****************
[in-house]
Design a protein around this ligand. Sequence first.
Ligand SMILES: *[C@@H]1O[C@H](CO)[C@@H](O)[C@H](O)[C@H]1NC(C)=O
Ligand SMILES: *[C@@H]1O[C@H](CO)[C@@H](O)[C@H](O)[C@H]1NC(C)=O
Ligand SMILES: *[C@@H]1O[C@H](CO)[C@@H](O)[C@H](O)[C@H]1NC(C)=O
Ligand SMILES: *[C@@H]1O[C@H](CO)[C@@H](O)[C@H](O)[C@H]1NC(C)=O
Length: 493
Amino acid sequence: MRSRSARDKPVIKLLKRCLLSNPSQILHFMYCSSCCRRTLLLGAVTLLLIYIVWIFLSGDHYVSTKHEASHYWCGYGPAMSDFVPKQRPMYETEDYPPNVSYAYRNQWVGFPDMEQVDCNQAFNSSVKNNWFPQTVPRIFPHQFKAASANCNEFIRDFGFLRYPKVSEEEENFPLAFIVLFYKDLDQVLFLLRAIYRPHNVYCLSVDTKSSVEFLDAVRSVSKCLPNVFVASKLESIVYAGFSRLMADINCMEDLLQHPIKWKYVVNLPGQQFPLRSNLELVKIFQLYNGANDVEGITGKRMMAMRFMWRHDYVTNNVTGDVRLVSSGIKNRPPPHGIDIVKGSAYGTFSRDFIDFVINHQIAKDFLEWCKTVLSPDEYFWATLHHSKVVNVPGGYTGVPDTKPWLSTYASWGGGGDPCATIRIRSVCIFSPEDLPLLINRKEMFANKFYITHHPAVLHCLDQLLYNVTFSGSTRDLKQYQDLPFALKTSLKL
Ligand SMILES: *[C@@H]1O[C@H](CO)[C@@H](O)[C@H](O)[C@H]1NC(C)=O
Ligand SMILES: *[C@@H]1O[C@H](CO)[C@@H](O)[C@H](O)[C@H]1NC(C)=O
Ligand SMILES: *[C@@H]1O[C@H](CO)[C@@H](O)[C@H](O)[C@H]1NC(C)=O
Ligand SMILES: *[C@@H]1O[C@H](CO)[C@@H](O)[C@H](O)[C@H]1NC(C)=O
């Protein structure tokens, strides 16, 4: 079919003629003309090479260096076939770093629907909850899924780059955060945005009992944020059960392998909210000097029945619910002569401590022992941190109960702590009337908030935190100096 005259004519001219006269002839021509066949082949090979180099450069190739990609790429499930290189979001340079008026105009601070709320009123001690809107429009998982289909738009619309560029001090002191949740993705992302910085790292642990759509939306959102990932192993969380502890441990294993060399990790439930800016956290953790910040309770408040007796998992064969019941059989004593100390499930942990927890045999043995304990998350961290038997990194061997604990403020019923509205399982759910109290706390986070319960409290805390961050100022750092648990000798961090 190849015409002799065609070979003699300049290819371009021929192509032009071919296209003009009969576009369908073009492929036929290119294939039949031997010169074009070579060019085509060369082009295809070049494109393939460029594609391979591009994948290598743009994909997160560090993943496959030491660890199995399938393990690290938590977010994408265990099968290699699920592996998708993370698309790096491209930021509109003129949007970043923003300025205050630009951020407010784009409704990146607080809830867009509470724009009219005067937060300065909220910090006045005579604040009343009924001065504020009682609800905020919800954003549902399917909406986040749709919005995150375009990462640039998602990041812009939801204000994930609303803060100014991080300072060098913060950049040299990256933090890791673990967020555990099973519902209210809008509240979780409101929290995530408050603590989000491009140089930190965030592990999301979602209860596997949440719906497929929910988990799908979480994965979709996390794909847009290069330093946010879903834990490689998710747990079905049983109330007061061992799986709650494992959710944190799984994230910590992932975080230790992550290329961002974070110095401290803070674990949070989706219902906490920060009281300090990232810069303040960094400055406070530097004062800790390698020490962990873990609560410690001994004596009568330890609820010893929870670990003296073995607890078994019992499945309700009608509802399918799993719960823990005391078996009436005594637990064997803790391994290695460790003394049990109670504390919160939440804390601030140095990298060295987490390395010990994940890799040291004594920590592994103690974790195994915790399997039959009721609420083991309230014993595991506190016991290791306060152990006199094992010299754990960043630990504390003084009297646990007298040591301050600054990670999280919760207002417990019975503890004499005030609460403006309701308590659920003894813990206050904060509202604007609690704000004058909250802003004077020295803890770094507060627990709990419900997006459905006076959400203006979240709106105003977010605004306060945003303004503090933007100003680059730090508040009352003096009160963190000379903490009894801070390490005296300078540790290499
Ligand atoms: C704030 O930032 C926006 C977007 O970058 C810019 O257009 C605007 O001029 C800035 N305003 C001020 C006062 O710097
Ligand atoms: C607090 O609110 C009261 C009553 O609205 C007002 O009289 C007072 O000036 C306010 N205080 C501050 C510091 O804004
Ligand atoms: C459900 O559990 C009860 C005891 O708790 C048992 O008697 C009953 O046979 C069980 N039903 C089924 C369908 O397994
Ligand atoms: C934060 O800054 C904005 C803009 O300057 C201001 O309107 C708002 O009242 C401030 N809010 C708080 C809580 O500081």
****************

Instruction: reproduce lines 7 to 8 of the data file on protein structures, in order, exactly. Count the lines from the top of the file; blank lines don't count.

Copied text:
Length: 493
Amino acid sequence: MRSRSARDKPVIKLLKRCLLSNPSQILHFMYCSSCCRRTLLLGAVTLLLIYIVWIFLSGDHYVSTKHEASHYWCGYGPAMSDFVPKQRPMYETEDYPPNVSYAYRNQWVGFPDMEQVDCNQAFNSSVKNNWFPQTVPRIFPHQFKAASANCNEFIRDFGFLRYPKVSEEEENFPLAFIVLFYKDLDQVLFLLRAIYRPHNVYCLSVDTKSSVEFLDAVRSVSKCLPNVFVASKLESIVYAGFSRLMADINCMEDLLQHPIKWKYVVNLPGQQFPLRSNLELVKIFQLYNGANDVEGITGKRMMAMRFMWRHDYVTNNVTGDVRLVSSGIKNRPPPHGIDIVKGSAYGTFSRDFIDFVINHQIAKDFLEWCKTVLSPDEYFWATLHHSKVVNVPGGYTGVPDTKPWLSTYASWGGGGDPCATIRIRSVCIFSPEDLPLLINRKEMFANKFYITHHPAVLHCLDQLLYNVTFSGSTRDLKQYQDLPFALKTSLKL